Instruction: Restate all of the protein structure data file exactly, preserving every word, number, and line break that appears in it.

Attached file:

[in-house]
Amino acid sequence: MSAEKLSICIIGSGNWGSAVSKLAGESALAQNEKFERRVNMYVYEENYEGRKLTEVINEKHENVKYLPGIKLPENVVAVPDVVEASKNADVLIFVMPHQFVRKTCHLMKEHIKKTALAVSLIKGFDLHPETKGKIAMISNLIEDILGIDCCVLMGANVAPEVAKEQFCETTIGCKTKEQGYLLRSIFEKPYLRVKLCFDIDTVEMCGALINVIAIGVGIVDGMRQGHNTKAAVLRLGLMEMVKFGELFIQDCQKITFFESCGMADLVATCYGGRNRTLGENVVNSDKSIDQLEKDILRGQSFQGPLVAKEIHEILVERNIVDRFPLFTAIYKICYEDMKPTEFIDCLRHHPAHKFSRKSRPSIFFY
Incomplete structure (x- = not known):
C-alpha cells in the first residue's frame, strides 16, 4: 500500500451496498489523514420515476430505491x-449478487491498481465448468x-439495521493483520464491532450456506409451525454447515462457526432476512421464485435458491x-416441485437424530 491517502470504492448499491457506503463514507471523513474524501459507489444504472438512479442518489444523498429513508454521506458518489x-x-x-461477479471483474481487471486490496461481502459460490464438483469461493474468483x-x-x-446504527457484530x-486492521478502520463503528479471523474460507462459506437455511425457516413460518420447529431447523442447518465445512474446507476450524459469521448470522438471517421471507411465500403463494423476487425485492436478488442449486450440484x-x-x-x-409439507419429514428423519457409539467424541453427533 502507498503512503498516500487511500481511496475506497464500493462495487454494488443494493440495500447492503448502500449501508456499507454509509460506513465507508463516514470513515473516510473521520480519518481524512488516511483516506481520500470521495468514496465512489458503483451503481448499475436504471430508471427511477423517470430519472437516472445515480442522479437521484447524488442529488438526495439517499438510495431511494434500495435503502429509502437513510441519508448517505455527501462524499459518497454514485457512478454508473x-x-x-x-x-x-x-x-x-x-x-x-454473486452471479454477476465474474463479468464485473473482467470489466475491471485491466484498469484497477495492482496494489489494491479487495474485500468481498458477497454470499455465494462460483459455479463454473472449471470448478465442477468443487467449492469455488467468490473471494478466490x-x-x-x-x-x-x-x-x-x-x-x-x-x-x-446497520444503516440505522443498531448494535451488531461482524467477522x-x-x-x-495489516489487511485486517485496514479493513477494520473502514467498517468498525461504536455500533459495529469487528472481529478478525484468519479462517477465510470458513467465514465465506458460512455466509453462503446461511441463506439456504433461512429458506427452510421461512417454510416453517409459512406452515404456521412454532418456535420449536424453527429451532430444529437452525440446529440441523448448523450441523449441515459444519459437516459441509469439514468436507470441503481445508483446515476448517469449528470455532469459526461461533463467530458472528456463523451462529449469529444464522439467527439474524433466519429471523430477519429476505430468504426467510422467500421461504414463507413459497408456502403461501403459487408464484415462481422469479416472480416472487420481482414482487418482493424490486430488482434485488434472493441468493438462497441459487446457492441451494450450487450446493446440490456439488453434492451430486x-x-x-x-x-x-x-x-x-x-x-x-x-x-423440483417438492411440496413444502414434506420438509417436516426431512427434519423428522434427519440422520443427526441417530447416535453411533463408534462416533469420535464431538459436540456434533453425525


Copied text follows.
[in-house]
Amino acid sequence: MSAEKLSICIIGSGNWGSAVSKLAGESALAQNEKFERRVNMYVYEENYEGRKLTEVINEKHENVKYLPGIKLPENVVAVPDVVEASKNADVLIFVMPHQFVRKTCHLMKEHIKKTALAVSLIKGFDLHPETKGKIAMISNLIEDILGIDCCVLMGANVAPEVAKEQFCETTIGCKTKEQGYLLRSIFEKPYLRVKLCFDIDTVEMCGALINVIAIGVGIVDGMRQGHNTKAAVLRLGLMEMVKFGELFIQDCQKITFFESCGMADLVATCYGGRNRTLGENVVNSDKSIDQLEKDILRGQSFQGPLVAKEIHEILVERNIVDRFPLFTAIYKICYEDMKPTEFIDCLRHHPAHKFSRKSRPSIFFY
Incomplete structure (x- = not known):
C-alpha cells in the first residue's frame, strides 16, 4: 500500500451496498489523514420515476430505491x-449478487491498481465448468x-439495521493483520464491532450456506409451525454447515462457526432476512421464485435458491x-416441485437424530 491517502470504492448499491457506503463514507471523513474524501459507489444504472438512479442518489444523498429513508454521506458518489x-x-x-461477479471483474481487471486490496461481502459460490464438483469461493474468483x-x-x-446504527457484530x-486492521478502520463503528479471523474460507462459506437455511425457516413460518420447529431447523442447518465445512474446507476450524459469521448470522438471517421471507411465500403463494423476487425485492436478488442449486450440484x-x-x-x-409439507419429514428423519457409539467424541453427533 502507498503512503498516500487511500481511496475506497464500493462495487454494488443494493440495500447492503448502500449501508456499507454509509460506513465507508463516514470513515473516510473521520480519518481524512488516511483516506481520500470521495468514496465512489458503483451503481448499475436504471430508471427511477423517470430519472437516472445515480442522479437521484447524488442529488438526495439517499438510495431511494434500495435503502429509502437513510441519508448517505455527501462524499459518497454514485457512478454508473x-x-x-x-x-x-x-x-x-x-x-x-454473486452471479454477476465474474463479468464485473473482467470489466475491471485491466484498469484497477495492482496494489489494491479487495474485500468481498458477497454470499455465494462460483459455479463454473472449471470448478465442477468443487467449492469455488467468490473471494478466490x-x-x-x-x-x-x-x-x-x-x-x-x-x-x-446497520444503516440505522443498531448494535451488531461482524467477522x-x-x-x-495489516489487511485486517485496514479493513477494520473502514467498517468498525461504536455500533459495529469487528472481529478478525484468519479462517477465510470458513467465514465465506458460512455466509453462503446461511441463506439456504433461512429458506427452510421461512417454510416453517409459512406452515404456521412454532418456535420449536424453527429451532430444529437452525440446529440441523448448523450441523449441515459444519459437516459441509469439514468436507470441503481445508483446515476448517469449528470455532469459526461461533463467530458472528456463523451462529449469529444464522439467527439474524433466519429471523430477519429476505430468504426467510422467500421461504414463507413459497408456502403461501403459487408464484415462481422469479416472480416472487420481482414482487418482493424490486430488482434485488434472493441468493438462497441459487446457492441451494450450487450446493446440490456439488453434492451430486x-x-x-x-x-x-x-x-x-x-x-x-x-x-423440483417438492411440496413444502414434506420438509417436516426431512427434519423428522434427519440422520443427526441417530447416535453411533463408534462416533469420535464431538459436540456434533453425525